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Elephant Journal anxiety

Elephant Journal: Healing Anxiety or a Broken Heart, the Tools are the Same

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Elephant Journal anxiety

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We are lying in savasana—corpse pose—legs splayed wide, arms flopped down, palms facing the sky, and I close my eyes.

My friend is beside me; my yoga teacher has come to crouch at my head.

“Do something for me,” Pete says, pausing with his hands on my shoulders, “do this for yourself,” and I nod, eyes still closed.

“Bring one hand to your heart and one to your belly,“ and I do, slipping my left hand onto my chest and resting the thumb of my right hand in the hollow of my belly button.

I take a deep breath and feel my stomach rise, willing my body to relax.

The thing about anxiety attacks, I’ve come to learn in the last couple days, is that you can’t reason through them. And they can leave you, out of nowhere, fainting out of mountain pose or crawling across your floor.

You tell yourself it’s all in your head, but then you put your head down on the pillow alone in your apartment, and feel this tingling sensation spread out across your skin and every siren in your body goes off, telling you that there is a problem, an actual physical problem requiring god-knows-what emergency-care.

And then you laugh and cry all at once, seeing the absurdity, scared shitless of trusting your body, even your breath.

And so, it took a lot to get me to come back to class. Even as I rolled out my mat, I feared passing out, had vivid images of blackouts in my head, but my friend, who is also a nurse, promised to practice beside me, and when I told my teacher what was going on before class, Pete gave me a rolled up yoga mat to place under my belly.

I spent most of the class in the corner lying on my stomach while everyone rose up and down in warrior poses around me, feeling the rolled up mat push into my body every time I exhaled a breath, comforted to be held in community.

Now in this final pose, the one where we practice for our ultimate surrender, Pete is holding my head.
“Whether healing anxiety or a broken heart,” he says quietly, running his thumb and forefinger from my third eye down to my temple, “the tools are the same.”

I open my eyes just long enough to catch his eyes, full of compassion, and there is that moment of feeling really, truly seen: All of me acknowledged, accepted, okay.

“We hold our anxiety between our stomach and our chest,” Pete says, “and I’ve often found that we have some shame wrapped up there, a sense of not being enough. Breathe into that.”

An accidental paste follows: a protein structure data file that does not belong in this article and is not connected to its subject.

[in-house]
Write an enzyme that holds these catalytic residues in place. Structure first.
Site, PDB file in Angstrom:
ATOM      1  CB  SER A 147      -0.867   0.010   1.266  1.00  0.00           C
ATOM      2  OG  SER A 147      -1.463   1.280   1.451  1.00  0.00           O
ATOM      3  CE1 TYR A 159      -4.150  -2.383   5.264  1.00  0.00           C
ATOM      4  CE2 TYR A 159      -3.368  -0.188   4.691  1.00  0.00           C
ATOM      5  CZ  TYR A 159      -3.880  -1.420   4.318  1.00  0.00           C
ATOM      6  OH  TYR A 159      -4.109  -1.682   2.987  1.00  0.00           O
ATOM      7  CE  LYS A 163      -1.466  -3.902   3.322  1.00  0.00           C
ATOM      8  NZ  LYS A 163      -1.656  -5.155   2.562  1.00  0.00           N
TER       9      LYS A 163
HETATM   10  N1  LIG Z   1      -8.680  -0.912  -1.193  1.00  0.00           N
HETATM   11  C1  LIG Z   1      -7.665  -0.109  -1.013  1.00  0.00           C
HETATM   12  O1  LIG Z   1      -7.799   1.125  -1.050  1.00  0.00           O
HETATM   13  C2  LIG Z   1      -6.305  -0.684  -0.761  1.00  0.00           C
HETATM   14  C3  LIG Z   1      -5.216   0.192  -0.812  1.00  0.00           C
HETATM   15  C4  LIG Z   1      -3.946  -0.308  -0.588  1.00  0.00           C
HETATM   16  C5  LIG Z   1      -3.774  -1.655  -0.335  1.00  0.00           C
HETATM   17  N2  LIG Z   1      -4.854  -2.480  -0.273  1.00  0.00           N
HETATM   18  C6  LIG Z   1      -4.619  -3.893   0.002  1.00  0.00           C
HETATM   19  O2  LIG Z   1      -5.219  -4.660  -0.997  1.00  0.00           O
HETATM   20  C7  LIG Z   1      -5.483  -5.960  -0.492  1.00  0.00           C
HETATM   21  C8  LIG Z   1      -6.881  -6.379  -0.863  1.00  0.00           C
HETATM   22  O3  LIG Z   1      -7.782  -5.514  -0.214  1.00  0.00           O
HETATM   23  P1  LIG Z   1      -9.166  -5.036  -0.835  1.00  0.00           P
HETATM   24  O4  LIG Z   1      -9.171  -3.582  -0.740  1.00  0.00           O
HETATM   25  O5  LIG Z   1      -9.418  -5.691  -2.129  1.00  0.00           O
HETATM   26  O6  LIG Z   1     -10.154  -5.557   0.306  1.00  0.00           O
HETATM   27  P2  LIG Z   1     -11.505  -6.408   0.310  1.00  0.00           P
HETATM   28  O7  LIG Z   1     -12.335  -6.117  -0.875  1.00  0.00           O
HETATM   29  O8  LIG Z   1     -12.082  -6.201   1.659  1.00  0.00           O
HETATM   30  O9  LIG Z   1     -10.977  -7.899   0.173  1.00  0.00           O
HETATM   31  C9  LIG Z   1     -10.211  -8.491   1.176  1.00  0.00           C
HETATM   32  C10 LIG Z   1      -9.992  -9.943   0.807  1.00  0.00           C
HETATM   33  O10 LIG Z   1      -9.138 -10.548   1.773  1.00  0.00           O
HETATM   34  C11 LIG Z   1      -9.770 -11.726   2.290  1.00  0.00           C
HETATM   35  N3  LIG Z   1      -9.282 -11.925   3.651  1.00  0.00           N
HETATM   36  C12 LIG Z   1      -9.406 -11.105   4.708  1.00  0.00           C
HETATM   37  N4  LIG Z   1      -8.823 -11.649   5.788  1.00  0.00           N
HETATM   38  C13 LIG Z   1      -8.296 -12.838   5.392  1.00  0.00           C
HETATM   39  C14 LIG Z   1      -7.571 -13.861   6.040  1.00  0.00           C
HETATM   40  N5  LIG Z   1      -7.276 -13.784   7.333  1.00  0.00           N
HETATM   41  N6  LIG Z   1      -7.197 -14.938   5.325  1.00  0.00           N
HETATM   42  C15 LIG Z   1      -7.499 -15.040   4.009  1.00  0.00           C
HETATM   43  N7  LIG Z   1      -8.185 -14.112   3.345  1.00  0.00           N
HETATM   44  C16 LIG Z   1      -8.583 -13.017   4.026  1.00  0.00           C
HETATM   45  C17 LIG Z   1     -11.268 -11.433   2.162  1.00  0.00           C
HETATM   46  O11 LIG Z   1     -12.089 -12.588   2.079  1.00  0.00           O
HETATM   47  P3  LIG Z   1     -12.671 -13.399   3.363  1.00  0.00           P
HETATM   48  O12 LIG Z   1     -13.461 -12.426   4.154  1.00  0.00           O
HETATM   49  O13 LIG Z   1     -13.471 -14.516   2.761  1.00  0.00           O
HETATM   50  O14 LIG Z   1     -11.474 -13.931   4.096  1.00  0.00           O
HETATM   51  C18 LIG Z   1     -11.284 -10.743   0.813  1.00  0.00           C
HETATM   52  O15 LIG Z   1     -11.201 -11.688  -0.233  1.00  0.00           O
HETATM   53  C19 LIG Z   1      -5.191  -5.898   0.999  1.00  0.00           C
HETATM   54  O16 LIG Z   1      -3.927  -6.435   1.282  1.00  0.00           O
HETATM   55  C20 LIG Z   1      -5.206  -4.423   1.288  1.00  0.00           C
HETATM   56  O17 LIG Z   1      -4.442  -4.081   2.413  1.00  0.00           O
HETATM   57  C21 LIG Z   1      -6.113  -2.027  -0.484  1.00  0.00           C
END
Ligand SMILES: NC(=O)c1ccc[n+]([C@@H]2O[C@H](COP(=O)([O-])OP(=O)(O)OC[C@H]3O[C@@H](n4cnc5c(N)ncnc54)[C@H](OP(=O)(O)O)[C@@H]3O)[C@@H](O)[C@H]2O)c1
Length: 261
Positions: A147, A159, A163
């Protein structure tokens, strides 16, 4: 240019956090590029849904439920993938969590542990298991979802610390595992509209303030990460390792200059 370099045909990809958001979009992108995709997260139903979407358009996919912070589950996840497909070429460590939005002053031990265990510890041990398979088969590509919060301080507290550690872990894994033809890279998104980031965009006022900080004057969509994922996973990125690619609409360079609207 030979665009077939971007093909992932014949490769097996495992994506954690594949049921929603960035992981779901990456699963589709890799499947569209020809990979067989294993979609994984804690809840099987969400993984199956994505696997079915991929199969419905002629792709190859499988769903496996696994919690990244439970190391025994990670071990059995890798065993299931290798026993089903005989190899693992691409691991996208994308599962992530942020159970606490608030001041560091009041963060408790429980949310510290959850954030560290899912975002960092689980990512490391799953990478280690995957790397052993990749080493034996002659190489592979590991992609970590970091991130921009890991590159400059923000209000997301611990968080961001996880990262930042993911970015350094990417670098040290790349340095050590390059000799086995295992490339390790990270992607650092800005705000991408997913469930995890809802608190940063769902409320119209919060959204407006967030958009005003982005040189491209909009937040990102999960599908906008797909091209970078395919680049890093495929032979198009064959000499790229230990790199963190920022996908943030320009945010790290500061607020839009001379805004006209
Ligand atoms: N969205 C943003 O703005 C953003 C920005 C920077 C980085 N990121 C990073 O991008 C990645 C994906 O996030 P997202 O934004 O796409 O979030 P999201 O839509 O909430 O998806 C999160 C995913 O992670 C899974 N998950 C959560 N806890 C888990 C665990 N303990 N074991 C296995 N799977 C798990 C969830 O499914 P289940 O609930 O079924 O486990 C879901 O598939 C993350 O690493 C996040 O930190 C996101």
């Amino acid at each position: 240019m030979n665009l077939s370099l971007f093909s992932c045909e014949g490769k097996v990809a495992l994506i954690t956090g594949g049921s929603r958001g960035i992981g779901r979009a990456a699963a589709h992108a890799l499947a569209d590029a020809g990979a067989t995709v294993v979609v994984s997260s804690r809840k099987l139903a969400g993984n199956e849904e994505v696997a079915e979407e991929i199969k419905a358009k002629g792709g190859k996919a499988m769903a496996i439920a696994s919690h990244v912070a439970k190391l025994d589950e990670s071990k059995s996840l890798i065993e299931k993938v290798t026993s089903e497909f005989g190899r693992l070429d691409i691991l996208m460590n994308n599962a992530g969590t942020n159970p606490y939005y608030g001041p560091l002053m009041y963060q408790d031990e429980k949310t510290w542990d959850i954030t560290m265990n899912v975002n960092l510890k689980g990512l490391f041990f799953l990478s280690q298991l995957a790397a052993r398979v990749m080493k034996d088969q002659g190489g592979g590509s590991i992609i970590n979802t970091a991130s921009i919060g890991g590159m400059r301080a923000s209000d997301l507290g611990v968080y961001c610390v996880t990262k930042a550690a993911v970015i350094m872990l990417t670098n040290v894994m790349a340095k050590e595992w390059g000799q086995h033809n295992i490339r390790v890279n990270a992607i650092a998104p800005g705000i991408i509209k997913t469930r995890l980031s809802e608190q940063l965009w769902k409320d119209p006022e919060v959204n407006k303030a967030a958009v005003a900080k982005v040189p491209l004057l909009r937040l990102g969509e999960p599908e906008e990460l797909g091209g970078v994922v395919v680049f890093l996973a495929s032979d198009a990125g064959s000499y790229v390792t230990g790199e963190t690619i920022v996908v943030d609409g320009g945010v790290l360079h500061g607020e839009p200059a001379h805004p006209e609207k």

And then the tears come, warm and sort of glorious, like sweat running down my cheeks while Pete rubs the back of my neck, and laughs. It’s the kind of laugh that comes out when you’re holding a baby and they curl their tiny fingers around your pinky. It’s the moment I knew, because I had gotten myself here to this mat and this teacher and this community, that I would be alright.

It’s also the moment I truly understood the power of a healer. There is yoga, yes; there is meditation, yes; but there is something profound and deeply human in seeking wise counsel in the overlap there between, in matters of the heart and soul.

After almost a year of practicing with Pete, of accepting his invitations to shine light into our dark places, of feeling awe at his capacity for love that seems to grow exponentially with each hug he gives his students, I have come to recognize how important it is to find teachers we connect with—those special people genuinely invested in helping others heal, the ones who can hold that kind of sacred space.

As the great Sufi poet Hafiz once wrote, “That is what greatness does: kindly leaves a shelter for us to gather under, where more nourishment can be offered to all things.”

And so, in just over a month, I’ve accepted yet another invitation from my teacher, and will be heading out on a new journey, one that takes this place of love and light and suffering—the heart center—as a starting point, and charts the course of movement, breath, and awareness into a realm of unknowing.

Most people call this “Teacher Training,” but Pete calls it “Lighting the Path,” and I can think of no better words…except perhaps those, again, of Hafiz, who writes,

“Strange the way my shadow began to fall. I
was standing in a field helping the dawn

appear, and when its body, the sun, was fully
lifted into the sky

I was amazed to see my shadow in front of
me as I faced that luminous candle we all know.”